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Tuesday, 4 June, 2002, 15:01 GMT 16:01 UK
Putin persists with Kashmir diplomacy
Russian President Vladimir Putin with Pakistani President Pervez Musharraf in Kazakhstan
Putin (l): Invited both leaders to Moscow
Russian President Vladimir Putin has called on the leaders of nuclear powers Pakistan and India to act responsibly in order to pull their countries back from the brink of war.

Indian Prime Minister Atal Behari Vajpayee arrives in Almaty
Vajpayee says Musharraf must halt "cross-border terrorism"

The Russian leader said that in terms of severity the dispute over Kashmir could be likened to the 1962 Cuban missile crisis between the former Soviet Union and the United States.

That situation was only resolved through restraint by the leadership on both sides, said Mr Putin, who was speaking at an Asian regional security conference in Kazakhstan.

Earlier, in an attempt to defuse the crisis, Mr Putin had separate meetings with the two leaders after failing to persuade them to meet face-to-face.

The two sides have massed more than one million troops along their borders.

He has also invited them both to Moscow - an invitation accepted by Pakistan's President Pervez Musharraf, although it is not immediately clear whether Indian Prime Minister Atal Behari Vajpayee has also agreed to go.

Both Russia and China have attempted to mediate between the two countries in an effort to alleviate tension.

Global concern

Both sides have continued their angry exchange of words over the Kashmir crisis, blaming each other for the military confrontation that continues to escalate in the troubled region.
Indian soldier at an army camp near the Pakistan border
Rising tension:

1 October 2001:
38 killed in attack on the Kashmir assembly in Srinagar
13 December 2001:
14 killed in attack on the Indian parliament building in Delhi
14 May 2002:
More than 30 killed in attack on an Indian army camp in Kashmir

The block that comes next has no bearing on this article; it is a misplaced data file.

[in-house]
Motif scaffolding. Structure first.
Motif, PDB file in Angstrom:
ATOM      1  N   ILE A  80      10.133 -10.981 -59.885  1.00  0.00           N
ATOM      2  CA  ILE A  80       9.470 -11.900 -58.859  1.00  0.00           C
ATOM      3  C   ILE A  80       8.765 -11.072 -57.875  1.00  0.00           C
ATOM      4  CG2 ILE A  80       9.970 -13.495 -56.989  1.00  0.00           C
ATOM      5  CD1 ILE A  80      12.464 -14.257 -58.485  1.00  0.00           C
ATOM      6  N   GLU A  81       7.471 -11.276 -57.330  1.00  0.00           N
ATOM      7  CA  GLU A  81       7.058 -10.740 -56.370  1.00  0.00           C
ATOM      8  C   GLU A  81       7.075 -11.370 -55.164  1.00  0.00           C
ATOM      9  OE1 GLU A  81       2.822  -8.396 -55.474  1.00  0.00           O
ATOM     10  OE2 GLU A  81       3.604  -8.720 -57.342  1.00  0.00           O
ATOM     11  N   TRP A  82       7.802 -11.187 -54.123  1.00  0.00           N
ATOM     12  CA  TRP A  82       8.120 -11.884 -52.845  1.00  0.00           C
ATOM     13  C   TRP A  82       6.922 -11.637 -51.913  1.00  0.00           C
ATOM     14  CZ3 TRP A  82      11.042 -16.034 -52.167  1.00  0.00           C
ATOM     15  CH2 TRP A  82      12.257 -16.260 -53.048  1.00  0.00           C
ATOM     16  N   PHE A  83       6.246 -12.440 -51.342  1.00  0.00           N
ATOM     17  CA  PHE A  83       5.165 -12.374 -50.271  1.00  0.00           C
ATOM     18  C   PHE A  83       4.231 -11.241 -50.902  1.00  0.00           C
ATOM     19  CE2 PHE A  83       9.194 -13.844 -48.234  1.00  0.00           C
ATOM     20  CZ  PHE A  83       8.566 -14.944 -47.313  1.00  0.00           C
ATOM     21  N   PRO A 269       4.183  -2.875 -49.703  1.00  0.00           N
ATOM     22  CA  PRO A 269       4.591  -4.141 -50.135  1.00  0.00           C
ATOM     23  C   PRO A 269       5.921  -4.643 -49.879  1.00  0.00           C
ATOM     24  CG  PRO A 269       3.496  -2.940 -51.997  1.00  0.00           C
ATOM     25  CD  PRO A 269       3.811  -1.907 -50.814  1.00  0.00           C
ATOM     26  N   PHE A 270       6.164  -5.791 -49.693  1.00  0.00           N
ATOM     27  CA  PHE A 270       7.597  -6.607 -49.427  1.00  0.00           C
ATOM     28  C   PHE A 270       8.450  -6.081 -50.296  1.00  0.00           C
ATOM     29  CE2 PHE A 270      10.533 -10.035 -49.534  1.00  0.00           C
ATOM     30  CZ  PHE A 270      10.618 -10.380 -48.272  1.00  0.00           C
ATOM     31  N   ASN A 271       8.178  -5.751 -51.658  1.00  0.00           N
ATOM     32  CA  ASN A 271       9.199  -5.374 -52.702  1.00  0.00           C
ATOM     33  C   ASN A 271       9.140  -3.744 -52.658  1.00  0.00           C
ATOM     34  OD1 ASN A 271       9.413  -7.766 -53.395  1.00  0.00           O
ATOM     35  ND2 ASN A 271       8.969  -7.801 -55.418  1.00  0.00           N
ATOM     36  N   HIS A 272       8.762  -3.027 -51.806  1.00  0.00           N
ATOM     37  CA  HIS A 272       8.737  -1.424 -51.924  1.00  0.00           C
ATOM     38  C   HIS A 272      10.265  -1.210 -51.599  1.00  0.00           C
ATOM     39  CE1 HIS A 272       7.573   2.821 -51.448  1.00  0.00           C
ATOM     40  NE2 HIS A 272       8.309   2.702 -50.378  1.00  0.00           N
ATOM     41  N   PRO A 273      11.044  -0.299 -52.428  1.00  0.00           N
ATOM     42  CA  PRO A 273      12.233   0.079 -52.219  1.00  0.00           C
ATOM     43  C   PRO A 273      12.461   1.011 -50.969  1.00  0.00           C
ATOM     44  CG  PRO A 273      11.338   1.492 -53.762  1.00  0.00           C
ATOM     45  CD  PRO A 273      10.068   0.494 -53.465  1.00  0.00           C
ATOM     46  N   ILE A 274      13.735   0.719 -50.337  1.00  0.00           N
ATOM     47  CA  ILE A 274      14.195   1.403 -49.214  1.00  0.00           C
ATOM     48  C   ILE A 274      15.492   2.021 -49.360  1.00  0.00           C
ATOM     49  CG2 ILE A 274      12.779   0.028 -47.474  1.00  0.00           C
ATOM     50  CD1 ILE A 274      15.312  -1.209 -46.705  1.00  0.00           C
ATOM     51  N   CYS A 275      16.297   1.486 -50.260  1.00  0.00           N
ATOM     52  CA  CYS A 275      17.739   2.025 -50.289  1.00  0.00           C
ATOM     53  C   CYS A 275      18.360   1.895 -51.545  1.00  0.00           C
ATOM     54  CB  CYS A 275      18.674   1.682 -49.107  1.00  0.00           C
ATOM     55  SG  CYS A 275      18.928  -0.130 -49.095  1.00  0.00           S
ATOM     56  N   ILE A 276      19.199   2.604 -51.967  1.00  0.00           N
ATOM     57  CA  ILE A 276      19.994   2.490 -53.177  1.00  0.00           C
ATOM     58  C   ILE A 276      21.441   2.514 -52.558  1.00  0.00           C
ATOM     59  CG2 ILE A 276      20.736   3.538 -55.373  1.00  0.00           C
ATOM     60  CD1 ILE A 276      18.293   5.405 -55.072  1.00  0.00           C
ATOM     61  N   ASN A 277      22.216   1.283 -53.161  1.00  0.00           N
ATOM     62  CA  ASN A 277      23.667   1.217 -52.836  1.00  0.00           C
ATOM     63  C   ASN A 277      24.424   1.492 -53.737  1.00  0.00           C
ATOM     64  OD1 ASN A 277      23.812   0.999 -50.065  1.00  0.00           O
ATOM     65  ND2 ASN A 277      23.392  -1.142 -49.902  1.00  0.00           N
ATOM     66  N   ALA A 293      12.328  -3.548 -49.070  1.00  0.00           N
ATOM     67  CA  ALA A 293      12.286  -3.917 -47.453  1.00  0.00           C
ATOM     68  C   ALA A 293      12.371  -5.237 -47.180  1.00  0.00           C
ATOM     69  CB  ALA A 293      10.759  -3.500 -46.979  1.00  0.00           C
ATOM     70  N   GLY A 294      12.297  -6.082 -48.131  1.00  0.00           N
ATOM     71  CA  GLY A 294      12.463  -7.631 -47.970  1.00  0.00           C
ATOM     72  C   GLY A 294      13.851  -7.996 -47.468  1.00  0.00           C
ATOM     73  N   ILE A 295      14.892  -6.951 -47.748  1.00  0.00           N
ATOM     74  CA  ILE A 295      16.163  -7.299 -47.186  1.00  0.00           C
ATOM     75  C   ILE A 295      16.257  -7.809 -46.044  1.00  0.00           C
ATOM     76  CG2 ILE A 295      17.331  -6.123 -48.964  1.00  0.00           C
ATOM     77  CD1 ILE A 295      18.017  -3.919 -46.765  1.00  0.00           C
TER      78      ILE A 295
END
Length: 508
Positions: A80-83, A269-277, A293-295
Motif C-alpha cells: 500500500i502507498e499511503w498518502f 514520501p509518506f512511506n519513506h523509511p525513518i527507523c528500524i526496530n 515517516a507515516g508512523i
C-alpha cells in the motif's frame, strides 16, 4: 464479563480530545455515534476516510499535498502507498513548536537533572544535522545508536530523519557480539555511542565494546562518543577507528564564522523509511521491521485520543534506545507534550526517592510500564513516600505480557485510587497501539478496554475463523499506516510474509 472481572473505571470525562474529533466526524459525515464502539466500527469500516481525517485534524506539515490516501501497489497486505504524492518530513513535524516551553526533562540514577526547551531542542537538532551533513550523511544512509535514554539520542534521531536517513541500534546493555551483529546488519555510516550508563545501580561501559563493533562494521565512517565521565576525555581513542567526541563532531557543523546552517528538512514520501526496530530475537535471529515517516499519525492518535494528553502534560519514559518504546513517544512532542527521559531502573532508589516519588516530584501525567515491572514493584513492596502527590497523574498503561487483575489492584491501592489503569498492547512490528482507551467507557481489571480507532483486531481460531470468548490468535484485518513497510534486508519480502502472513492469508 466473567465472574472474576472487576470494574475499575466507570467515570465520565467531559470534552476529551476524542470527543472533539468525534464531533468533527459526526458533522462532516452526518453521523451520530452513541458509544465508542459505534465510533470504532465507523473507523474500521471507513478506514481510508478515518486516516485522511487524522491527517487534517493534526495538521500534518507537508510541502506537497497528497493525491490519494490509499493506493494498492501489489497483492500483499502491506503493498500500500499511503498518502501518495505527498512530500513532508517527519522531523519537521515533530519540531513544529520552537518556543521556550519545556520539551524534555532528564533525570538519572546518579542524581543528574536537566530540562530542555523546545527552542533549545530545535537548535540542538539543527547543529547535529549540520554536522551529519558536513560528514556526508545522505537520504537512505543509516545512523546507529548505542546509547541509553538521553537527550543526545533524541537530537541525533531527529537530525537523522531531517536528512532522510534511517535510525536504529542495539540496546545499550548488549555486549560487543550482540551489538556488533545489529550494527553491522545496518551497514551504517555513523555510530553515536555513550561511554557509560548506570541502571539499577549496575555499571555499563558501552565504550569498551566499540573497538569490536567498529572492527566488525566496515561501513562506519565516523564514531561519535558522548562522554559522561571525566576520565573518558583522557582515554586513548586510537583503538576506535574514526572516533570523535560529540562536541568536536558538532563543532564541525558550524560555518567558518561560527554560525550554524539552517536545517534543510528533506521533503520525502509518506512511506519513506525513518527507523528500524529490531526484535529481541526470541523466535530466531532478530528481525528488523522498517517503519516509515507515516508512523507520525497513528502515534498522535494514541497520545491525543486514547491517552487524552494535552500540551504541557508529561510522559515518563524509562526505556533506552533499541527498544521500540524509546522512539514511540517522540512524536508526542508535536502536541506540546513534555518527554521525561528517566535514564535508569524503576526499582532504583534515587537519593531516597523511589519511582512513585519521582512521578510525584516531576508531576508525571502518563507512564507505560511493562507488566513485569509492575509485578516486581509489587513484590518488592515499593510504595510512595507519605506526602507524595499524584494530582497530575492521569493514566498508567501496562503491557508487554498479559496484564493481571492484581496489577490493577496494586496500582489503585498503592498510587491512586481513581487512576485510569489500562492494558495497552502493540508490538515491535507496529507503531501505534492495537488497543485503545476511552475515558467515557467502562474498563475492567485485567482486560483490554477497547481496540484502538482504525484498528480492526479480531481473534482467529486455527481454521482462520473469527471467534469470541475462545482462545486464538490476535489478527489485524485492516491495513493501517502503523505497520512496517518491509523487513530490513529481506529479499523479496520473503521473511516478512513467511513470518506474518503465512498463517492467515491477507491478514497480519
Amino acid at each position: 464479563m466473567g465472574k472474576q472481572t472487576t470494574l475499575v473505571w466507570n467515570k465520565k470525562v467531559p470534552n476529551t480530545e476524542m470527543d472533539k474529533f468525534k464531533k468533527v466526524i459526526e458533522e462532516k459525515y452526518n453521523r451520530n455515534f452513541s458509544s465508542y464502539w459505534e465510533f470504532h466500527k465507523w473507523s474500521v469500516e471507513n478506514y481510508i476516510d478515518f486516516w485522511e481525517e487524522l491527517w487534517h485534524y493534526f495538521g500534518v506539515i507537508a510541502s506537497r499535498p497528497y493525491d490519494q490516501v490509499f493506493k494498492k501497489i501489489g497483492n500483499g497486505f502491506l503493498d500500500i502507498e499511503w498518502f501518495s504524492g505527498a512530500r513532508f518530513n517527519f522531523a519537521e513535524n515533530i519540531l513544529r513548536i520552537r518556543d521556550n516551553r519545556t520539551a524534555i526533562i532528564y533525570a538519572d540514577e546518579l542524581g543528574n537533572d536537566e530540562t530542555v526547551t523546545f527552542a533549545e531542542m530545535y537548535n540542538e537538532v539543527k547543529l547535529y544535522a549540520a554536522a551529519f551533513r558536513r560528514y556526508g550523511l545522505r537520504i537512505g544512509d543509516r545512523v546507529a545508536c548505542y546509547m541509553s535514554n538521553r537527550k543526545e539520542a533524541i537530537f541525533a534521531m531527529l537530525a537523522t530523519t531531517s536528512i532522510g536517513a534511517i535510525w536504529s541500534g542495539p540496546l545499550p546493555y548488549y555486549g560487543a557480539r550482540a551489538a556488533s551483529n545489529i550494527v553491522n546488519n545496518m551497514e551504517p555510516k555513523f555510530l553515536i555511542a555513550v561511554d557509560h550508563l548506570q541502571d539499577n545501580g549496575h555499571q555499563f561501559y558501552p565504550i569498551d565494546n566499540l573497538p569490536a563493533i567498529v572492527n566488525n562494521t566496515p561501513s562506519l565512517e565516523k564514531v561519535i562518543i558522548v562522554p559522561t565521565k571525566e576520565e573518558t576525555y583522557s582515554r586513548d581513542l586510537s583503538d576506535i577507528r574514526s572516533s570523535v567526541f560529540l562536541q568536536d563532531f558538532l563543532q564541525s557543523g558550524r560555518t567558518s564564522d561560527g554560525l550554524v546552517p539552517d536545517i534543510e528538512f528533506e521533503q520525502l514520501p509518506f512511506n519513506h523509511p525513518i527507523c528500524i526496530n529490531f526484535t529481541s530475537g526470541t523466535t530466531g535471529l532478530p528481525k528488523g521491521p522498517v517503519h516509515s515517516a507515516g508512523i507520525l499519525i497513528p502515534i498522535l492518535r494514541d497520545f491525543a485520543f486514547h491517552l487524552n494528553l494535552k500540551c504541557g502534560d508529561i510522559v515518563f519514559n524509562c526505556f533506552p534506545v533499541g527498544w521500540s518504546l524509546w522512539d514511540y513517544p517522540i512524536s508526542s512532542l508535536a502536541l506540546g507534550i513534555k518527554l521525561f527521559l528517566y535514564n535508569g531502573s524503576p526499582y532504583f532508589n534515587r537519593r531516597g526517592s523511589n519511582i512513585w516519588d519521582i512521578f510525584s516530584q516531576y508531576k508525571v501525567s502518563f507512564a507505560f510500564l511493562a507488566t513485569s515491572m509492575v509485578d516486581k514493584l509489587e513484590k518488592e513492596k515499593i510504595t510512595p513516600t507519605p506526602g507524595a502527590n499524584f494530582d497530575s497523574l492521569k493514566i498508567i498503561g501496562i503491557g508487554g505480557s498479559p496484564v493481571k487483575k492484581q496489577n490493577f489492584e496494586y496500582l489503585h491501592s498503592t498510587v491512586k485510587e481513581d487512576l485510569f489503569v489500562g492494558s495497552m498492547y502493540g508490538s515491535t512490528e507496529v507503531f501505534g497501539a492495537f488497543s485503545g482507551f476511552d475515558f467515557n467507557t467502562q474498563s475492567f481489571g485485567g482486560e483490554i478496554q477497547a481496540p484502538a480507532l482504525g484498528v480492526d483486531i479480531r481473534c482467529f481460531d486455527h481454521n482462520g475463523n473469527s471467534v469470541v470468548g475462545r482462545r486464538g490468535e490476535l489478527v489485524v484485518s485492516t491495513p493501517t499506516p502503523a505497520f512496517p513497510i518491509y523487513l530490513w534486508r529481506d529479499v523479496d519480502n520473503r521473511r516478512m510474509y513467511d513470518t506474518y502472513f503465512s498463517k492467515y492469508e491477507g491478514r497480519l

21 May 2002:
Moderate Kashmiri politician Abdul Ghani Lone shot dead

"India is continually threatening Pakistan for an attack and also refusing dialogue," General Musharraf declared after his meeting with Mr Putin, and then said his country was aware of "world concern" that its differences with Delhi had not been resolved.

Mr Vajpayee has in turn accused Pakistan of breaking its promises to prevent cross-border infiltration by militants, although he said he was prepared to talk to Islamabad if demands were met.

"On 12 January the president of Pakistan promised no organisation would be allowed to indulge in terrorism in the name of Kashmir," he said.

"We have seen in the following months that cross-border infiltration has increased, violence in Kashmir has continued unabated and terrorist camps continue to exist across our border," he added.

Tensions have been rising since December's raid on the Indian parliament that Delhi blamed on Pakistan-based militants.

On Tuesday, the 16 nations attending the summit adopted the Almaty Act, which condemns terrorism and commits its signatories to not support separatist movements.

Violence continues

The Indian and Pakistani leaders' hardline remarks contrasted with reports in India's press which responded with optimism to an apparent softening of the tone of comments from Indian officials in the last few days.

Pakistanis burn an effigy of the Indian premier
Anti-Indian rallies took place in Pakistan on Monday

On Tuesday, many newspapers were hailing what could be the start of the diplomatic breakthrough.

"India talks down war fever", said a headline in the Times of India - its editorial reflecting a general feeling that the worst may now be over.

However, violence continued across the Line of control, with exchanges of fire between Indian and Pakistani troops killing at least two people and injuring ten others in the past 24 hours or so.

Police in Indian-administered Kashmir said one person had died in the Punch district when the area was shelled by Pakistani forces.

Officials in Pakistan-administered territory said a man was killed as Indian troops targeted his village in Bargh district with mortar, artillery and machine-gun fire.

As the stand-off continues, foreign nationals and non-essential diplomatic staff from many countries continue to leave.

The authorities in Indian-administered Kashmir also said they would carry out a black-out exercise on Tuesday to prepare people for possible aerial attack from Pakistan.

The BBC's Jonathan Charles
"This summit may have pushed them even further apart"
Pakistani President Pervez Musharraf
"Golden peace has remained hostage"
Indian Prime Minister Atal Behari Vajpayee
"Terrorist camps operate unhindered across our borders"
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See also:

04 Jun 02 | Media reports
03 Jun 02 | South Asia
03 Jun 02 | South Asia
02 Jun 02 | UK Politics
02 Jun 02 | South Asia
01 Jun 02 | South Asia
01 Jun 02 | South Asia
01 Jun 02 | South Asia
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